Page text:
You have to help other women. It’s changing, and I have so many female friends in the industry now and we are helping each other. It’s changing. I paid my dues for 20-something years as an actor, and I took it and I applied it.
I feel like for me, I am a maker of things. I just want to make stuff. It’s not about being famous, it’s not about making money, it’s about doing things you are passionate about and pleasing yourself.
Now for that big question that always creeps up every few years: Joss Whedon has hinted that he would be interested in getting the Scooby Gang back together. Would you be up for returning, obviously not as a zombie or anything, for a reunion?
Definitely, if it could be done the right way. I know that they have been hinting at her in the comics, and I think that has been really lovely actually.
I just think bringing her back and making her a bad guy was not quite right for me, but I know there’s a way to do it that would be beneficial to the fans. Yeah, definitely. I would love to do anything.
Is there any certain way you’d like to see Tara come back?
I really don’t know. I would have to leave that up to Joss. He’s a maestro, he knows what he’s doing. I’ll let him figure all that out, I’ll show up.
With your role as Tara, you became an incredible role model for young people exploring their sexuality. Was that a proud feeling when you realized the impact you were having?
I’m honored that I get to help in the battle to bring things to an equal position. We live in 2016, and in a Western society. We need equality for everybody. If one group of people can’t be treated equally, then no one is being treated equally in my mind.
I very much feel like Alyson and I really got to knock on the glass ceiling, and say “Screw you glass ceiling, we are going to knock you down.”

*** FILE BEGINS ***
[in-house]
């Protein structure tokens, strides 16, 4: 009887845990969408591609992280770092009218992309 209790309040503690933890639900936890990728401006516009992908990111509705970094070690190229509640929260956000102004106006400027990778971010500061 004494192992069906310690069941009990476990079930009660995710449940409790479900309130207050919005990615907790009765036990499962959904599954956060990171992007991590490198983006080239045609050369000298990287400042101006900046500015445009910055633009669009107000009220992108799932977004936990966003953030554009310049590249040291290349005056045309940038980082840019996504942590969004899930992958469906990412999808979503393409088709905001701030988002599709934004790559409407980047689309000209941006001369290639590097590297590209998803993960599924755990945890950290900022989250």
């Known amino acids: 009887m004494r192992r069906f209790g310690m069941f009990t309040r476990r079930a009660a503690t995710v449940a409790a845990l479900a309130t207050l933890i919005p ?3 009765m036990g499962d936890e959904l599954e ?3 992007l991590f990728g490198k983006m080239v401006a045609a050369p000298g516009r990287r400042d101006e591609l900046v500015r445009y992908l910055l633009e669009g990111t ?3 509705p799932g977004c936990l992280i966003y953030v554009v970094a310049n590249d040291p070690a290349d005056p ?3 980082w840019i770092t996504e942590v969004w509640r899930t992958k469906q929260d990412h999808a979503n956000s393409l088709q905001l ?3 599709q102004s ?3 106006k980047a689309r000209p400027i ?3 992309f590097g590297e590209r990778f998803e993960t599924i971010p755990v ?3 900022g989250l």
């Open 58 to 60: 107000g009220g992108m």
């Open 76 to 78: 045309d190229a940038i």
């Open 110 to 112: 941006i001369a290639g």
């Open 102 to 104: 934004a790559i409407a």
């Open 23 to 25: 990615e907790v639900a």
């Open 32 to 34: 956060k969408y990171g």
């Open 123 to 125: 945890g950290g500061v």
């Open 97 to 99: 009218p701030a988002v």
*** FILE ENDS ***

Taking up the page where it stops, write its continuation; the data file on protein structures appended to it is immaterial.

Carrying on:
Just in the last 10 years or so, there has been such a leap forward. And I feel like we were helpful, we weren’t just making television, we were doing social commentary.
As we have a large number of readers who are Supernatural fans: how was it getting to play the leader of a vampire group after Buffy?
I loved it. The cast and crew of Supernatural are wonderful. It was a joy to work with them and to get to play such a badass character like Lenore. I had to leave the Buffy world in order to flip over to the other side and become a vampire – it was awesome!
Have you been surprised that Supernatural has lasted for eleven years now?
Not really. It’s a great show that’s always reinventing itself. It finds a way to stay interesting and relevant and I think that’s why the fans are willing to come back season after season.
What draws you to decide on taking a role in a movie or television show?
If the role moves me in some way…I did a film called One-Eyed Monster – precisely because the script made me laugh out loud.
Can you tell us about your role in the SyFy film The Crooked Man?
I’m a mom in the movie – I never get to be a mom! – and that was super fun. I’ll be forty in January, so it’s about time I mommed up.
Do you have a genre you enjoy acting in the most. I’m sure most fans assume you love horror due to the memorable characters you’ve played.
Actually, comedy is the most fun for me to do as an actor. It’s so much more difficult to make people laugh than it is to make myself cry on cue. I’m pretty good at the making myself cry stuff.
With your third Echo Park Coven novel coming out in 2017, will that be the final one in that series or will it continue?
Number three is the final book in the series.
For all your Buffy fans: what was the most memorable moment on that show that you always look back upon fondly?
The musical episode. That was such a blast to make. I’d do it again in a heartbeat.